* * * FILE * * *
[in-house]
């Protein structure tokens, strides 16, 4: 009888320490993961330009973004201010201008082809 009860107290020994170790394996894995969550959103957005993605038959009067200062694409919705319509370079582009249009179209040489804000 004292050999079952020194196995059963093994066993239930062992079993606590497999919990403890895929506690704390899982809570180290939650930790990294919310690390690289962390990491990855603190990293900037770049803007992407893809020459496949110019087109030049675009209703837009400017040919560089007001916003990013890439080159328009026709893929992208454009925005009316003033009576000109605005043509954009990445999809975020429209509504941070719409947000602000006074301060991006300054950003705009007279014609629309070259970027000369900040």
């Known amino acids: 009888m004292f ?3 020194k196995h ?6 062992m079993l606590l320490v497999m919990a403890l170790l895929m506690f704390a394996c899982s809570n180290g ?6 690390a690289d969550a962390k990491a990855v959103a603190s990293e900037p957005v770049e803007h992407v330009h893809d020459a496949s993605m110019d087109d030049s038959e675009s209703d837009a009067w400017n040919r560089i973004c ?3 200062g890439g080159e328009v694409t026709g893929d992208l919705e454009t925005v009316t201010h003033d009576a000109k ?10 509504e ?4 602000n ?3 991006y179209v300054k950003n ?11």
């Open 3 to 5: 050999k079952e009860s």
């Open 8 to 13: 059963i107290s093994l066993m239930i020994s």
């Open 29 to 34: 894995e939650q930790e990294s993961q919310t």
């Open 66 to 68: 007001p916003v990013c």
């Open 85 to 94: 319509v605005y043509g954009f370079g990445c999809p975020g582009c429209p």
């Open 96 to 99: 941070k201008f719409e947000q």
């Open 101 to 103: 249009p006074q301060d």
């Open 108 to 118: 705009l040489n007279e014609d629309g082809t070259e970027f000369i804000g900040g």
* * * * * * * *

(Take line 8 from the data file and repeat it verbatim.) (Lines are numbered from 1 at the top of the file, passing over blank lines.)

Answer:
């Open 85 to 94: 319509v605005y043509g954009f370079g990445c999809p975020g582009c429209p």